I would say that M.B. was using this synopsis to help his/her own description of the film in the review in the January 1981 Photoplay.
Here, for comparison, is the American synopsis from the US Press Material folder:
New York City at night. Along 42nd Street in the heart of Times Square, Nicky Marotta (ROBIN JOHNSON) swings aimlessly, a loose and carefree teenager plugged into life and rock music, complete with guitar, and portable amp system. With sudden inspiration, Nicky leans on the alley wall of a disco and against the thumping music from within begins to play her own music, loud and strong. A woman opens the alley door of the disco, berates Nicky for the “noise” which can be heard within, and demands she remove her equipment from the hood of the owner’s parked car. Nicky defiantly responds by smashing the headlights of the car. The woman runs into the club for help.
David Pearl (PETER COFFIELD), a widower consumed with his career as a rising young politician, has lost touch with his daughter, Pamela (TRINI ALVARADO). Unable to see that she is troubled and lonely, he takes Pamela to his newest assignment as the Mayor’s commissioner to clean up Times Square and a speech presenting his “Times Square Renaissance” program. To her dismay, Pamela is seated with her father on the dais and, when her father uses Pamela as the subject of a false and embarrassing story, she is convulsed with mortification and runs to the ladies restroom.
Nicky’s disturbance at the disco brings the police and she is apprehended, then taken in custody to await court and medical decisions.
Pamela, meanwhile, is in her upper East Side high-rise apartment listening to the mellow words and rock music of late-night disc jockey Johnny LaGuardia (TIM CURRY) from his studio high atop a building overlooking Times Square. Pamela hears LaGuardia read a letter she has written to him, a missive of deep anguish and loneliness. On the air, he advises the anonymous letter writer, who signed it “Zombie Girl,” to believe that all people should be very special to themselves and to learn how to “fly.”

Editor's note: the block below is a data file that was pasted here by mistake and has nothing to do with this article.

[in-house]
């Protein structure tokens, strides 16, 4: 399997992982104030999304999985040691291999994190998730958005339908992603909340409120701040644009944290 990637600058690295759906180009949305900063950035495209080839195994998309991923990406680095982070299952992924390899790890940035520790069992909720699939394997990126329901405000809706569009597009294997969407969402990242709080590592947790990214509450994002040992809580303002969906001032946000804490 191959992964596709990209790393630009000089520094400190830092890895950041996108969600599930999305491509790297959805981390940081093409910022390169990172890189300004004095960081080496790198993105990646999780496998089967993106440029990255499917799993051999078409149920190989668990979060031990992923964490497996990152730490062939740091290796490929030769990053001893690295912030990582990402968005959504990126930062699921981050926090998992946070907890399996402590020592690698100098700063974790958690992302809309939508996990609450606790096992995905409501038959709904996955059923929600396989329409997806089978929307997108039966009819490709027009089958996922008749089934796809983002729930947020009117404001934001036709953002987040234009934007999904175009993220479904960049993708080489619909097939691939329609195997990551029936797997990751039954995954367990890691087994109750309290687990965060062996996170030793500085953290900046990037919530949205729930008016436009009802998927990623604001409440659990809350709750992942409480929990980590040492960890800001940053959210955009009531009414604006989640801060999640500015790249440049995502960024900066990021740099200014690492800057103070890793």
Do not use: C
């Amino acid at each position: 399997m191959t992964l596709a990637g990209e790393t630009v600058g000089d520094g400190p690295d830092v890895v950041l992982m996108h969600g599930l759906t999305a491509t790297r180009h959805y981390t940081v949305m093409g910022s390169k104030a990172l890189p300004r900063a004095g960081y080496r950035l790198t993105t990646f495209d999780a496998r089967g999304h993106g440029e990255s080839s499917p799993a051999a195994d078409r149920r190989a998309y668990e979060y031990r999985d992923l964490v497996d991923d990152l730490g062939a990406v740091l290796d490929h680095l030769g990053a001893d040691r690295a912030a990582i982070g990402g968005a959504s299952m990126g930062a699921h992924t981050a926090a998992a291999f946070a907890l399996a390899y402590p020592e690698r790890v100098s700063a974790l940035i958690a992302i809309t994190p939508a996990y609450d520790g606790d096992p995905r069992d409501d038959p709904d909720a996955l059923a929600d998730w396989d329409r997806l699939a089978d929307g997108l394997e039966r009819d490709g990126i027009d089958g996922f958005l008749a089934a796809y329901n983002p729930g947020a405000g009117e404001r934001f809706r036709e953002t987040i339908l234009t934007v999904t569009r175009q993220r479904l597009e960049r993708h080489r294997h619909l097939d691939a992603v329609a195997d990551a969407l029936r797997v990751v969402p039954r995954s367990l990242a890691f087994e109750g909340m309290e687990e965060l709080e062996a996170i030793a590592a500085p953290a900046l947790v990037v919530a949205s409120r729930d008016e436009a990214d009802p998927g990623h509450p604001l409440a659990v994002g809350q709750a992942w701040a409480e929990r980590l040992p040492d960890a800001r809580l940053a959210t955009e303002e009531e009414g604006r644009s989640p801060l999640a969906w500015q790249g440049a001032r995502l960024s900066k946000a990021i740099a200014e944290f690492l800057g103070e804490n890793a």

Anxious for a solution to his daughter’s apparent neuroticism, David Pearl agrees to his doctor’s recommendations that Pamela be admitted to a hospital for neurological testing to determine if there is an organic reason for her behavior. Pamela meets Nicky in a hospital room they share since both will be undergoing the same psychiatric and physical tests. Nicky has been sent by police officials for the tests, following the recent arrest, her fourth on record.
During the tests by Dr. Huber (HERBERT BERGHOF),Nicky takes charge, raucously and with vulgar answers to his queries, a brazen attitude that fascinates Pamela. Pamela awakens one morning to learn with some sadness that Nicky has been discharged from the medical tests.
Nicky, however, surreptitiously returns to the room and convinces Pamela to join her in a flight to freedom. Impetuously, they run out of the building and commandeer an ambulance for a wild careening drive through the back streets of New York.
Two teenagers, free of responsibility, free in the exciting city of New York, they roam through an abandoned pier in the old city harbor area, and devise a makeshift refuge for shelter. To survive, they engage in a variety of activities—stealing, scrounging for food and clothing. Nicky even fails at an attempted mugging, with Pamela as the decoy, and their try at a sidewalk three-card monte game, fails to hook any suckers. The con game does get them chased by a plain-clothes undercover cop. They escape from him after a harrowing chase through a porno theatre, across its stage, up to the rooftops of buildings, down alleys,and eventually, safety in the subway.
Their next try for income is successful when the owner of a sleazy nitery in Times Square, the Cleopatra Club, is intrigued enough by Pamela’s innocence and refusal to dance topless to hire her as a campy put-on for the amusement of his customers. Nicky also is hired to sing with a back-up group, The Blondells.
Johnny LaGuardia, meanwhile, reads the newspaper accounts and reports of the search for David Pearl’s runaway daughter, believed to be kidnapped by Nicky Marotta, a dangerous delinquent. He makes the connection that Pamela is, in fact, his anonymous, troubled correspondent and on the air begins to encourage the two rebels, urging them to remain free. The publicity turns Pam and Nicky into minor media celebrities with legions of teenage girls their fans.
Nearby, David Pearl is torn between the anxiety over his daughter and his campaign to rehabilitate Times Square. Social worker Rosie Washington (ANNA MARIA HORSFORD), a dedicated civil servant, tries to persuade Pearl that Pamela’s company with Nicky Marotta is not a serious escapade, that Nicky is troubled but not beyond help. Rosie gets a letter filled with understanding to Nicky to ensure Pamela’s eventual and safe return. Pamela also calls her father to assure him she’s alright, and that Nicky needs her.